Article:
The group decided to establish for the first time an International Women’s Commission to ensure the implementation of the groundbreaking UN Security Council Resolution 1325 (October, 2000) that calls upon all state parties to ensure increased representation of women at all decision-making levels.
“After three intensive days, women were able to overcome differences and agree upon what I view to be the most effective and substantive vehicle to bring about the change so urgently needed in the Palestinian-Israeli conflict,” said Noeleen Heyzer, Executive Director of the United Nations Development Fund for Women (UNIFEM), who convened and chaired this meeting.
The International Women’s Commission (IWC) will work to guarantee women’s full participation in formal and informal Israeli-Palestinian peace negotiations, based upon principles of gender equality, women’s human rights, international human rights and humanitarian law in any future resolution of the conflict to bring about an end of the Israeli occupation and a just and sustainable peace.
The Commission’s work will be guided by a charter of principles that was developed and adopted at the Istanbul meeting. The goal of the IWC is to incorporate diverse women’’ perspectives, voices, and experiences into the peace process, and make sure that the rights and issues of women affected by the conflict are raised and effectively addressed including issues dealing with women’s political, economic, social and cultural rights, and human security.
The group expects to formally launch the Commission in September 2005.
Also available at: http://www.peacewomen.org/resources/OPT/IWC2005.html.
Information about the impact of the conflict on Palestinian women and on women's peace-building efforts can be found on UNIFEM’s Web Portal on Women, Peace and Security at: http://www.womenwarpeace.org/opt/opt.htm.
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9. UPCOMING INITIATIVES
The 2005 Peace Building Cyberdialogues on UNSCR 1325: Linking New York, Kampala, Monrovia, Oslo, Dili, Bougainville, Bangkok and more
Mavic Cabrera-Balleza, Senior Programme Associate, International Women’s Tribune Center (IWTC)
The International Women’s Tribune Centre, in collaboration with partner organizations, is planning to convene two, possibly three cyberdialogues that will bring the voices and views of women on issues of peace and security to the attention of government officials at the national and international level.
Drawing upon the experiences of women from different world regions, a major focus of the cyberdialogues will be women’s efforts to implement UN Security Council Resolution 1325 and analysis of the gaps and challenges in the implementation process.
Where and When
The cyberdialogues will take place during the 10th International Forum convened by the Association of Women’s Rights in Development (AWID) to be held from October 27-30, 2005 in Bangkok, Thailand. At this event, which is expected to draw over 2,000 participants—academics, policymakers, and programme planners—from around the world, IWTC will host a cyberdialogue, an interactive workshop using Internet voice chat and/or audio visual teleconferencing to connect women attending the Bangkok conference with the NGO Working Group on Women, Peace and Security at UN headquarters in New York and with women involved in peace building processes in Africa, Asia-Pacific, Middle East, and Europe.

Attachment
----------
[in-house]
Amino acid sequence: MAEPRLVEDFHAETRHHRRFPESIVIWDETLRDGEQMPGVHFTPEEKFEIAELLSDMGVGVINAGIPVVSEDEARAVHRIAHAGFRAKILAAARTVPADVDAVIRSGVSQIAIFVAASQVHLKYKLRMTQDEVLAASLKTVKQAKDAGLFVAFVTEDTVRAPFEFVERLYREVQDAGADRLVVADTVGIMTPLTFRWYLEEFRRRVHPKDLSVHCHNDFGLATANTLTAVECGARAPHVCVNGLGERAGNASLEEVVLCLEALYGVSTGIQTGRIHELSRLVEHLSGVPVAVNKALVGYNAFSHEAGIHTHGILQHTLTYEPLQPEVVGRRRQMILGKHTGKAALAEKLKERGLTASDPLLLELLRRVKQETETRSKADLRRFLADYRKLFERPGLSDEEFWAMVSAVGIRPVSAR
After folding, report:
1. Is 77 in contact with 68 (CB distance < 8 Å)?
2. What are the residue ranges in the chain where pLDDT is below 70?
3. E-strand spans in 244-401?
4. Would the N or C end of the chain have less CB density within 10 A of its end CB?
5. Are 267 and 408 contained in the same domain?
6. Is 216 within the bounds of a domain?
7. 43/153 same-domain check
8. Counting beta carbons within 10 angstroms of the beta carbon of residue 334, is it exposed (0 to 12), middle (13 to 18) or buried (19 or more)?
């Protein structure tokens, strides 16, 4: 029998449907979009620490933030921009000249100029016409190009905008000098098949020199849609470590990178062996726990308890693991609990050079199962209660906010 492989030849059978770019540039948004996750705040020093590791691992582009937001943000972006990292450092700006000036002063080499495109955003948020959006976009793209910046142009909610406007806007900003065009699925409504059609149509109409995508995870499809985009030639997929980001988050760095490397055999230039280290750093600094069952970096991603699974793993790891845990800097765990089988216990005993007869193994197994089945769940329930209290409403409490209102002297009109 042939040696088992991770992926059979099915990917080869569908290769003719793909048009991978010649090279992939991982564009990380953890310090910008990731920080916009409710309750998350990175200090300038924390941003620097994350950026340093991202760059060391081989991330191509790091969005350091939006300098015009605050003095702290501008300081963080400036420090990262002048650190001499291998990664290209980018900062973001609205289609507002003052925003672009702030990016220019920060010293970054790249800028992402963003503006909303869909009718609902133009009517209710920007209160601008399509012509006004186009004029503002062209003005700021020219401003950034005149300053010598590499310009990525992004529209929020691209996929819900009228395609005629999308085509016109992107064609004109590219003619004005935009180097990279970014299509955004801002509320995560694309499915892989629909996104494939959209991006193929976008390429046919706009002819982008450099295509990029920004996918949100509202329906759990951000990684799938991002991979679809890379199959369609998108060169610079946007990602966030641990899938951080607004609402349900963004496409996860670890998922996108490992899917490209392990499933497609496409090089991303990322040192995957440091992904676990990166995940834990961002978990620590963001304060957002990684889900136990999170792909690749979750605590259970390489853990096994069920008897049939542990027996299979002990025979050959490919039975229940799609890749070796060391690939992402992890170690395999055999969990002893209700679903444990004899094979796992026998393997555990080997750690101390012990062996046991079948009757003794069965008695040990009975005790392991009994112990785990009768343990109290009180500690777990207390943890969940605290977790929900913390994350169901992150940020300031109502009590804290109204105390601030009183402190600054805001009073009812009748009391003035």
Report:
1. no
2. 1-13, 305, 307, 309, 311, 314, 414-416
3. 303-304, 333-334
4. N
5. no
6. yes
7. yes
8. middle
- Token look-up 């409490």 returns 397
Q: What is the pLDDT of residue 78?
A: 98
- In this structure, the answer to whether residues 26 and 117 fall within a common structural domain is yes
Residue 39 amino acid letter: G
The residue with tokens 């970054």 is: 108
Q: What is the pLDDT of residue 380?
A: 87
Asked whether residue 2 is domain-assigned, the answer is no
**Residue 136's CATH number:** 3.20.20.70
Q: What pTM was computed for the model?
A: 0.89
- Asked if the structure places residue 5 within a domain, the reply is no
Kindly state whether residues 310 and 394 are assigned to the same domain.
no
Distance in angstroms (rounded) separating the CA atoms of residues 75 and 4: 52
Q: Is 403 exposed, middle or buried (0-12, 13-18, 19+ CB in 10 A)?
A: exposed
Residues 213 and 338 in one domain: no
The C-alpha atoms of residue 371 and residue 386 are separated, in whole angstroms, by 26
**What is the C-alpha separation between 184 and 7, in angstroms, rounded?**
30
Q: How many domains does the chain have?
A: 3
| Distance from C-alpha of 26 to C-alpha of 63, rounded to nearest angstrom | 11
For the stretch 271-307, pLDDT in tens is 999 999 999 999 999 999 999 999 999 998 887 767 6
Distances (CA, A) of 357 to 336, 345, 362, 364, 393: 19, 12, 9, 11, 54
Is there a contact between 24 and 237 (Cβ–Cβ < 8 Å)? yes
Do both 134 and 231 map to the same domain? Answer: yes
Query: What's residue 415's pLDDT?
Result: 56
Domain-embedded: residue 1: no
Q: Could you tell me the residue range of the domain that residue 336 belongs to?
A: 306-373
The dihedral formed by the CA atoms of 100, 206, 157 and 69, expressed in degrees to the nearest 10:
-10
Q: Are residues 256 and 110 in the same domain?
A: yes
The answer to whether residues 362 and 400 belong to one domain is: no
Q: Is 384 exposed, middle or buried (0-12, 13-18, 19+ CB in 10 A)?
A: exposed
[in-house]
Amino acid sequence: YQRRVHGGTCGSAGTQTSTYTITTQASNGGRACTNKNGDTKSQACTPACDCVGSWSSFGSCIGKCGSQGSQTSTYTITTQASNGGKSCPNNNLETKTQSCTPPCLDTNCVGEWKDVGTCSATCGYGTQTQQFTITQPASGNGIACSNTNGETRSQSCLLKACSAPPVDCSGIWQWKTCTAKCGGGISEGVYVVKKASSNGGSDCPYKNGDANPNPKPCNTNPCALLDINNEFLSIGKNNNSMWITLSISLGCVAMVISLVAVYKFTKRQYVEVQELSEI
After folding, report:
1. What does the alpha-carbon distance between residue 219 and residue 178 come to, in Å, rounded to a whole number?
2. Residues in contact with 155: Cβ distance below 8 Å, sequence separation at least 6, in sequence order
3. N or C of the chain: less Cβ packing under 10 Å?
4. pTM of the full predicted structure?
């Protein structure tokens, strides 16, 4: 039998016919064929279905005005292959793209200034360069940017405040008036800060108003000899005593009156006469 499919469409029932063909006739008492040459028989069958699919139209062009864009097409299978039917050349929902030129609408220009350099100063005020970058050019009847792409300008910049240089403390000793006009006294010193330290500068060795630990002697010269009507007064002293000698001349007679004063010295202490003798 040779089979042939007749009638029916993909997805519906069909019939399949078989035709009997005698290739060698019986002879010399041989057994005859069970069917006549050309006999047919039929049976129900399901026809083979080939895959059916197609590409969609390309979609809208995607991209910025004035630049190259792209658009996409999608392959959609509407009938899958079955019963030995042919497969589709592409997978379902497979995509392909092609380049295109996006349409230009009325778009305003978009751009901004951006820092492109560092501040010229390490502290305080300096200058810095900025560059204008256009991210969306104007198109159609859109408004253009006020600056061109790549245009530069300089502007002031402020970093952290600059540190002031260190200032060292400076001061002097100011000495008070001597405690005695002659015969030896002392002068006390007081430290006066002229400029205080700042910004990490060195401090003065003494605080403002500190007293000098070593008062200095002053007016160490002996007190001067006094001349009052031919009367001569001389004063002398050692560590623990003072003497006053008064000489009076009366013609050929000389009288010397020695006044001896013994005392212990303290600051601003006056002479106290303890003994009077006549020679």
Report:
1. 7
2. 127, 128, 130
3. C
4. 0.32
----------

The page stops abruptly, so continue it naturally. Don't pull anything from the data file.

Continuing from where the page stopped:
Screens and speakers will be set up in Bangkok and other cyberdialogue sites to allow for greater audience participation. At the present time, 6 to 8 dialogue sites are being considered. If time and facilities allow, two cyberdialogues will be held during the AWID Forum.
The cyberdialogues will be linked to the UNSCR 1325 October anniversary activities in New York organized by the NGO Working Group on Women, Peace and Security. The overall thrust is to provide women working on peace building issues at the national and community level with the rare opportunity of engaging in a dialogue with policymakers working at the international level.
IWTC will work closely with the NGO Working Group on Women, Peace and Security and other partner organizations to formulate key questions that will move the discussion forward. The role of women as key participants in the reconstruction process will be highlighted as well as issues and obstacles encountered in the implementation of UN Security Council Resolution (SCR) 1325. Time permitting, attention may also be directed towards experiences in working with other new legal mechanisms relevant to women in the post-conflict and reconstruction process such as the Rome Statue of the International Criminal Court.
The 2005 Peace Building Cyberdialogues will employ a variety of interactive techniques to engage women at the community and country level with policymakers and advocacy groups at the international level. A key feature of the project will be collaboration with community radio broadcasters in each of the dialogue sites to ensure that the issues discussed are “re-packaged” for use at local level and, working with other media practitioners, put in motion an information multiplier effect.